Boris Mikhailov/Case History X, Saatchi Gallery
Images do not always speak for themselves. Take the photographs currently hanging on the walls of the Saatchi Gallery. In them you will see described, in graphic detail, the degraded lives of the homeless of Kharkov, a run-of-the-mill town in the Ukraine, the prime casualties of the botched transition from communism to capitalism that has scarred the former USSR.
A woman with a hideously distended, jutting belly poses naked for the cam- era. Street kids are pictured smoking, pissing and sniffing glue. A balding man in his forties with a tattoo of Stalin on his right breast proudly shows off his large, warty penis. A young prostitute bares her arse, disfigured by STDs.
What is one supposed to make of images like these? Seen within the incongruous context of the exhibition’s private view, peopled as it was with serving staff dressed up in Damien Hirst spot-painting T-shirts filling and re-filling champagne glasses, the images inevitably appeared voyeuristic, exploitative and bordered on the repulsive. Especially so, given that many of portraits are nude, the models were paid and, to make matters worse, many have died since the pictures were taken, only a few years ago.
These are all accusations that have been levelled at Mikhailov before, most recently when he won the Citibank Photography Prize earlier this year. He remains, however, unrepentant, and it is his description of what he does and why, laid out in the introduction to the book that accompanies the exhibition, that is possibly the only saving grace of this exhibition.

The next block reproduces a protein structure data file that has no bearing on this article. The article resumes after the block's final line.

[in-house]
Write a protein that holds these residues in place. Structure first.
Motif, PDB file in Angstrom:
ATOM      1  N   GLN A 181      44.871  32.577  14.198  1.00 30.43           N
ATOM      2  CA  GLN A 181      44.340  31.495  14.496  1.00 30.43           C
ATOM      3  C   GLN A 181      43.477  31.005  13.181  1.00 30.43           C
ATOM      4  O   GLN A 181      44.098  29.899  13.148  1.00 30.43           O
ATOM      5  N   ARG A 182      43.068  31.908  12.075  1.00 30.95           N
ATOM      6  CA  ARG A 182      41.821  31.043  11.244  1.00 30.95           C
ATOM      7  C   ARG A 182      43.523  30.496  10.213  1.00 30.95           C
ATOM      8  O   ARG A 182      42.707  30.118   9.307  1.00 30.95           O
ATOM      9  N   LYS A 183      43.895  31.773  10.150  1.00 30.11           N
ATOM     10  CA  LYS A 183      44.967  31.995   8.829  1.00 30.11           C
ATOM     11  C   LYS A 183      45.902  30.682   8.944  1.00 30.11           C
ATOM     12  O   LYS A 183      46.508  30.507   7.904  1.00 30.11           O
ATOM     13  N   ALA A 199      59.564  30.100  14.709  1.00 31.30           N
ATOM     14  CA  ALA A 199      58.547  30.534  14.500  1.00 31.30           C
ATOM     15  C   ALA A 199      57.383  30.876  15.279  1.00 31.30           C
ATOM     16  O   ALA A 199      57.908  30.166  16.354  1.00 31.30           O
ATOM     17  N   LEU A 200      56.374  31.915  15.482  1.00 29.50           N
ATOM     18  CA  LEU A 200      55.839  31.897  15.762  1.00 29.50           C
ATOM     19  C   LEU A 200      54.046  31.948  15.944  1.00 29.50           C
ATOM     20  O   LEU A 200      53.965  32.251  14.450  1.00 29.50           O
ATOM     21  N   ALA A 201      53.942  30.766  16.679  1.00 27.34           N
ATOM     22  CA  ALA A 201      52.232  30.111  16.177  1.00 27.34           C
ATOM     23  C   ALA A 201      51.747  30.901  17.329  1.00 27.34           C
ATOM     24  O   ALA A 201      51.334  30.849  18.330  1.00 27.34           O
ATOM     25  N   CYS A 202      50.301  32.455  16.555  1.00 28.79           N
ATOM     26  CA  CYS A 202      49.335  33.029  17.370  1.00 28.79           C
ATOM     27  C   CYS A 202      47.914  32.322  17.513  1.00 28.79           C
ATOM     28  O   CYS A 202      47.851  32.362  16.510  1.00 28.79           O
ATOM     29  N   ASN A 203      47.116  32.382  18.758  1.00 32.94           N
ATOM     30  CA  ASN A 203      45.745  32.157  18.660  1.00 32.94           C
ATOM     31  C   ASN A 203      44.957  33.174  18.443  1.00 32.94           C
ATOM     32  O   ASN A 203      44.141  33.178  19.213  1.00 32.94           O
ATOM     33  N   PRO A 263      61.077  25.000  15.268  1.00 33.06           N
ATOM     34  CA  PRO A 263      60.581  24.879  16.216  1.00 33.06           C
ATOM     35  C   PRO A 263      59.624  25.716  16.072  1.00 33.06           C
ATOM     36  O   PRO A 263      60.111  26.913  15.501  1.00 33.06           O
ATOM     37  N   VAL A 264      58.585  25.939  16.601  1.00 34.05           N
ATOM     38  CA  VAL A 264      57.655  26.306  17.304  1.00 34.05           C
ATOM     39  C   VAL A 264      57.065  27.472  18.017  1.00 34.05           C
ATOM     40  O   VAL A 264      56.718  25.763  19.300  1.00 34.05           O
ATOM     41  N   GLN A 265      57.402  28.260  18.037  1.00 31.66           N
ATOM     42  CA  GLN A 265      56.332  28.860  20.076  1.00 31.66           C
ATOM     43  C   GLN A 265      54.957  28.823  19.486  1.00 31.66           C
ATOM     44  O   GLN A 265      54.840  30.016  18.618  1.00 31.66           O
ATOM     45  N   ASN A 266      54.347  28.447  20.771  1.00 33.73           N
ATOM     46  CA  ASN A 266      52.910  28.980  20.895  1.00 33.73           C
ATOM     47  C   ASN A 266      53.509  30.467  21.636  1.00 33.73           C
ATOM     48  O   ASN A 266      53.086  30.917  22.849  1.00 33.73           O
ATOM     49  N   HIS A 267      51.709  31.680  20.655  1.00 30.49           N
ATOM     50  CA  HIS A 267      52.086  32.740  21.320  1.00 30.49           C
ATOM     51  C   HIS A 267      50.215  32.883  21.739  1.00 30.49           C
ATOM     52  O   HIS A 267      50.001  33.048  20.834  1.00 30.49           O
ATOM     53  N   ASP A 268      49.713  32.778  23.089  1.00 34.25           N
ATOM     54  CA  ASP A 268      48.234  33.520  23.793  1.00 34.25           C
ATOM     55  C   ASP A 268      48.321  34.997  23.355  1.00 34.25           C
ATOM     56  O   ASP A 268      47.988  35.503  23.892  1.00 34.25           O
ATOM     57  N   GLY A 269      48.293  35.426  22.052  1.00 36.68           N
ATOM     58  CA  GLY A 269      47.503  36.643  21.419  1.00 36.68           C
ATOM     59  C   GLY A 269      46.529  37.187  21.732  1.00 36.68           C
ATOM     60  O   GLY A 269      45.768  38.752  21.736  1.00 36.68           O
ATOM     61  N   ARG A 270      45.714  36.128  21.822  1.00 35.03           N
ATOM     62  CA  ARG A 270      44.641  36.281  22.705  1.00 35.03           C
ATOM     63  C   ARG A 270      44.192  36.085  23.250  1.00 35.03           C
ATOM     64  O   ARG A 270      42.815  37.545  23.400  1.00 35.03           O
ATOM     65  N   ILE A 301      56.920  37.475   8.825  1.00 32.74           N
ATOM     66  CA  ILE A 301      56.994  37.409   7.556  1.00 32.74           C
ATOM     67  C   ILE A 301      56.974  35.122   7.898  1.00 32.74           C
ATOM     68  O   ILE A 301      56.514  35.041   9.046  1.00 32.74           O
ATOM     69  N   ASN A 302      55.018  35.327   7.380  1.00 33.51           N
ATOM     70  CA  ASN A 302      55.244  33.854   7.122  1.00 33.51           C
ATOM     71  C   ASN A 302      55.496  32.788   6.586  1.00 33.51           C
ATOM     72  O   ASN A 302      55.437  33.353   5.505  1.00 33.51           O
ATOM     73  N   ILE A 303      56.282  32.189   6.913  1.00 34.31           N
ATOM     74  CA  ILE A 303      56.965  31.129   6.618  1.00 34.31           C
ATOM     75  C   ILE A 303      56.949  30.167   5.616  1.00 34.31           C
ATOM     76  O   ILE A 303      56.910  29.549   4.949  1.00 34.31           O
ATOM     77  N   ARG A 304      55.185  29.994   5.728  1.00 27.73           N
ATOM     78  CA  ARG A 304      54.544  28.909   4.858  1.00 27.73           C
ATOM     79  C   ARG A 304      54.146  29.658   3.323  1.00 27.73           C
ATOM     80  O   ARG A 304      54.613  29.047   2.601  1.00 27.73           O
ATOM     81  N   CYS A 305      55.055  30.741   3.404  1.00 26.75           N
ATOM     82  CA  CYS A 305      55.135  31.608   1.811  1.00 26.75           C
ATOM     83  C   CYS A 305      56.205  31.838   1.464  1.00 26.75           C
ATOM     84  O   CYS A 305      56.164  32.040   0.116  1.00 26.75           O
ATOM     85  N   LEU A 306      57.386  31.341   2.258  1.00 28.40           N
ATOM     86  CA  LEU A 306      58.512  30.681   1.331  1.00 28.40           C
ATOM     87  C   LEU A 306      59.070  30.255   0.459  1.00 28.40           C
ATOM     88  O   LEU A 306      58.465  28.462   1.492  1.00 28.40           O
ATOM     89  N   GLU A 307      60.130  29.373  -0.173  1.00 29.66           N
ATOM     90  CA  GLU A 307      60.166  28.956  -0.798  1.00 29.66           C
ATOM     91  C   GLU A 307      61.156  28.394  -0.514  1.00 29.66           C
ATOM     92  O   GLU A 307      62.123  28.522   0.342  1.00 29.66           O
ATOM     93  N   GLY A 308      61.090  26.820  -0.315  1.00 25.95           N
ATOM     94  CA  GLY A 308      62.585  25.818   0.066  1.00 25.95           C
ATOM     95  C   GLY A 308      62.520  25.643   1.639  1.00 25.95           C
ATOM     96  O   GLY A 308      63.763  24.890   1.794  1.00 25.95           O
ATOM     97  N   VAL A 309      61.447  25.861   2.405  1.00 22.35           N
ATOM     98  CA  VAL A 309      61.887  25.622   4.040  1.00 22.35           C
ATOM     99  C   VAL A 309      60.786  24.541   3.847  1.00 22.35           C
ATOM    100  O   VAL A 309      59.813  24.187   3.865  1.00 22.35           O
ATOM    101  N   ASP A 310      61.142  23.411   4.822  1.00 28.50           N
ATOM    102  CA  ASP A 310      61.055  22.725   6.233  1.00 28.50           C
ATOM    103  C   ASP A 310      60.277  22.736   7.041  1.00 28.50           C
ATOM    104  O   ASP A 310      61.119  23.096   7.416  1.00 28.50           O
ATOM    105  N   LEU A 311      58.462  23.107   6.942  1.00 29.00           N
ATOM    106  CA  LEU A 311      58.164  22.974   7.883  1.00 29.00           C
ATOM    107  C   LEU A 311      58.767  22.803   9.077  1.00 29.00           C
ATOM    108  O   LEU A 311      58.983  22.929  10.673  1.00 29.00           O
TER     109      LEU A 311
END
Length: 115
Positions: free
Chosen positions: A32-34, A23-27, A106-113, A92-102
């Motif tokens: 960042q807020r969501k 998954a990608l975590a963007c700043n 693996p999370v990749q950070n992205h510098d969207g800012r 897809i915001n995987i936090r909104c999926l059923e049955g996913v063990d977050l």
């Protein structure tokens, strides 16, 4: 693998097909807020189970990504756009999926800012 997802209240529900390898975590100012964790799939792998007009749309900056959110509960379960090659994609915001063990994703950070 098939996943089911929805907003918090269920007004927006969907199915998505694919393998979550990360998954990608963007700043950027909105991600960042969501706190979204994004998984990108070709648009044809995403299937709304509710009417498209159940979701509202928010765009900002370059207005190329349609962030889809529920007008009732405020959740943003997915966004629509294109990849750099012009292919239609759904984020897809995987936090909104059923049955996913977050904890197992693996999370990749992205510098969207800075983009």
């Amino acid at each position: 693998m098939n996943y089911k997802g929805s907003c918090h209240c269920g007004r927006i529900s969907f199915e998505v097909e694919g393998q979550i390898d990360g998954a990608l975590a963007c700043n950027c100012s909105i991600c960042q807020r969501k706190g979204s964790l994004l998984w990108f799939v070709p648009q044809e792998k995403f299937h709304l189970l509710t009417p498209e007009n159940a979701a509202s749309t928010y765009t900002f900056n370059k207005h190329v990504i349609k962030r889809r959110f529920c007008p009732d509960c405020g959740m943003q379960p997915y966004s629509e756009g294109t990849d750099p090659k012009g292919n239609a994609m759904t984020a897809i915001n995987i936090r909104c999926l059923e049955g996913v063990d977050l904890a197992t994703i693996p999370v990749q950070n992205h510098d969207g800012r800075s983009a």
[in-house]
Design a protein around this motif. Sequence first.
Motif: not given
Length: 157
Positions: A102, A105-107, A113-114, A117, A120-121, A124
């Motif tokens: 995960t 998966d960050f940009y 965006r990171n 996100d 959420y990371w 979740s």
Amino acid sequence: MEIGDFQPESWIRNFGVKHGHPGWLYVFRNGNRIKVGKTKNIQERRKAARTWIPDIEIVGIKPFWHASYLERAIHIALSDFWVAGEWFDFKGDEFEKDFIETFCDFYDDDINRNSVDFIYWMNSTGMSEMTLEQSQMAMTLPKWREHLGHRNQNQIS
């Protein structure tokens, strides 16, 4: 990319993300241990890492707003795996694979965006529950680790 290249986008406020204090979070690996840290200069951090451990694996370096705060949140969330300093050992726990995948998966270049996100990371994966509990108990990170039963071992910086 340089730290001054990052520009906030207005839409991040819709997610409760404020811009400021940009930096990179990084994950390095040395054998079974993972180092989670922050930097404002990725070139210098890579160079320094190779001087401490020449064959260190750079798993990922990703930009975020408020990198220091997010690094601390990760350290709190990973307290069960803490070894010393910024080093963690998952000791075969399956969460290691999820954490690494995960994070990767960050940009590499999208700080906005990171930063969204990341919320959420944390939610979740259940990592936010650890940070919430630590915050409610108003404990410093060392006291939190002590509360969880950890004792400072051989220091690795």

According to Mikhailov, he had a “professional and civic duty” to record the lives of these fellow Ukranians that would otherwise fade unnoticed from the world, to give them a place in history as well as to bestow visibility on their plight. His undeniably powerful images succeed in achieving these two aims, but a final judgment of this kind of work seems to me to depend upon what the artist thinks, or at least claims he is doing, and whether or not you believe them, which is why images cannot always speak for themselves. In a different context, this exhibition might have been acceptable — in this gallery, with its history of chasing shock-value, it is not.
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